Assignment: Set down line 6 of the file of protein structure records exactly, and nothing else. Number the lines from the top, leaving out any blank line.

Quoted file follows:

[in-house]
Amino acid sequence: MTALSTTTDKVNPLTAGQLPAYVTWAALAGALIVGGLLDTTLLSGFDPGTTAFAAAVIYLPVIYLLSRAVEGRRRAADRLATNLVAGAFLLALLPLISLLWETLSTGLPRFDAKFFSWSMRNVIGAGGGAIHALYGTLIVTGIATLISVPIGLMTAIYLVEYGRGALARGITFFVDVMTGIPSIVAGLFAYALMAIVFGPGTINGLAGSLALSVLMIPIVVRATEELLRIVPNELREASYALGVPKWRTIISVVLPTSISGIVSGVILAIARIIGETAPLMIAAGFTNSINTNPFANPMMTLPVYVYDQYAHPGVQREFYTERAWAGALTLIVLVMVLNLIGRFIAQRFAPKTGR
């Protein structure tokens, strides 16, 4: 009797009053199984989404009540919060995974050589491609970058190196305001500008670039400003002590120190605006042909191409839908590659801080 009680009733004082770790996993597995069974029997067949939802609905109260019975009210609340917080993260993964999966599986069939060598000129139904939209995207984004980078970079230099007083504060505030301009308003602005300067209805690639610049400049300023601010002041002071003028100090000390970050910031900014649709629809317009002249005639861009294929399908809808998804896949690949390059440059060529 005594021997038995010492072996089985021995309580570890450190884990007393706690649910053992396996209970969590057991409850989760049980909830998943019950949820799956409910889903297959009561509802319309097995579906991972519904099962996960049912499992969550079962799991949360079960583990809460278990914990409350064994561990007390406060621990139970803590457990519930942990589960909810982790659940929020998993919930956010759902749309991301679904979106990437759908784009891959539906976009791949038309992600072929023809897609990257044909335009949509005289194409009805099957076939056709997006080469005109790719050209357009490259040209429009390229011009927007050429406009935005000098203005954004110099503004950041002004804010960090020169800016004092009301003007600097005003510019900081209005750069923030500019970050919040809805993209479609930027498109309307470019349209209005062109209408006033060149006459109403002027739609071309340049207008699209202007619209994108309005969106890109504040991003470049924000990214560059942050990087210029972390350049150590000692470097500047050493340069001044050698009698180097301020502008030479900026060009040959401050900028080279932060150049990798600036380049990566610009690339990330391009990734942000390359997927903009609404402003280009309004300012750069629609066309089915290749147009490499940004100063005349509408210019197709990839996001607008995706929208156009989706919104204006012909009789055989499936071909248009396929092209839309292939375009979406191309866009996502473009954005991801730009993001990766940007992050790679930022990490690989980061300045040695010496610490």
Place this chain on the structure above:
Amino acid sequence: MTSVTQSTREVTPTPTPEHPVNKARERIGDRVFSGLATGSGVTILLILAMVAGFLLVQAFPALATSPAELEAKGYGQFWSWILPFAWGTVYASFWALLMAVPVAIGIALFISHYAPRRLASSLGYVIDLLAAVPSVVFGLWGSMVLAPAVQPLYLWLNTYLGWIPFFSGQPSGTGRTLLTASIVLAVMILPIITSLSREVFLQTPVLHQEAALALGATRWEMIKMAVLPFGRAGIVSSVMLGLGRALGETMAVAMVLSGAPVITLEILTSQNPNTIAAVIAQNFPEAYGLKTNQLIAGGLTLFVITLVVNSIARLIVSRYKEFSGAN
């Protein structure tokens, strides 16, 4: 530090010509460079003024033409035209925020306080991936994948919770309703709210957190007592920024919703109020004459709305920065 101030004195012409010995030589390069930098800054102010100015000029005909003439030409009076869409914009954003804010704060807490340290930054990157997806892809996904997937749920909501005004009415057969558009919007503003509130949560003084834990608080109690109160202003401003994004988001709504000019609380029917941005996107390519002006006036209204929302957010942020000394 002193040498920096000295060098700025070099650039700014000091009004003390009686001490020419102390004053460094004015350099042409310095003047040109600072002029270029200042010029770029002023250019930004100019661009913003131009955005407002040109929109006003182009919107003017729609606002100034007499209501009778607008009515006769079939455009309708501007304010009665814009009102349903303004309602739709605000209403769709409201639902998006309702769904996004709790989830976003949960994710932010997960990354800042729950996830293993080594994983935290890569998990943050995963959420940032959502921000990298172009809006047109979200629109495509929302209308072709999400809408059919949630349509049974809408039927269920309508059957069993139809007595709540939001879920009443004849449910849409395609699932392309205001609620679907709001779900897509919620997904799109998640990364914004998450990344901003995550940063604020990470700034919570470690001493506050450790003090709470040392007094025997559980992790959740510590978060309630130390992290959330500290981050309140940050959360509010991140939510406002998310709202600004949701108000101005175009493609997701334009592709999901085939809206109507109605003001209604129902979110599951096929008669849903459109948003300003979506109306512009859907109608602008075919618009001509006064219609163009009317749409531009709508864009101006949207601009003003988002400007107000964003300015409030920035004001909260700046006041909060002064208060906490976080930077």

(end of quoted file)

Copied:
């Protein structure tokens, strides 16, 4: 530090010509460079003024033409035209925020306080991936994948919770309703709210957190007592920024919703109020004459709305920065 101030004195012409010995030589390069930098800054102010100015000029005909003439030409009076869409914009954003804010704060807490340290930054990157997806892809996904997937749920909501005004009415057969558009919007503003509130949560003084834990608080109690109160202003401003994004988001709504000019609380029917941005996107390519002006006036209204929302957010942020000394 002193040498920096000295060098700025070099650039700014000091009004003390009686001490020419102390004053460094004015350099042409310095003047040109600072002029270029200042010029770029002023250019930004100019661009913003131009955005407002040109929109006003182009919107003017729609606002100034007499209501009778607008009515006769079939455009309708501007304010009665814009009102349903303004309602739709605000209403769709409201639902998006309702769904996004709790989830976003949960994710932010997960990354800042729950996830293993080594994983935290890569998990943050995963959420940032959502921000990298172009809006047109979200629109495509929302209308072709999400809408059919949630349509049974809408039927269920309508059957069993139809007595709540939001879920009443004849449910849409395609699932392309205001609620679907709001779900897509919620997904799109998640990364914004998450990344901003995550940063604020990470700034919570470690001493506050450790003090709470040392007094025997559980992790959740510590978060309630130390992290959330500290981050309140940050959360509010991140939510406002998310709202600004949701108000101005175009493609997701334009592709999901085939809206109507109605003001209604129902979110599951096929008669849903459109948003300003979506109306512009859907109608602008075919618009001509006064219609163009009317749409531009709508864009101006949207601009003003988002400007107000964003300015409030920035004001909260700046006041909060002064208060906490976080930077």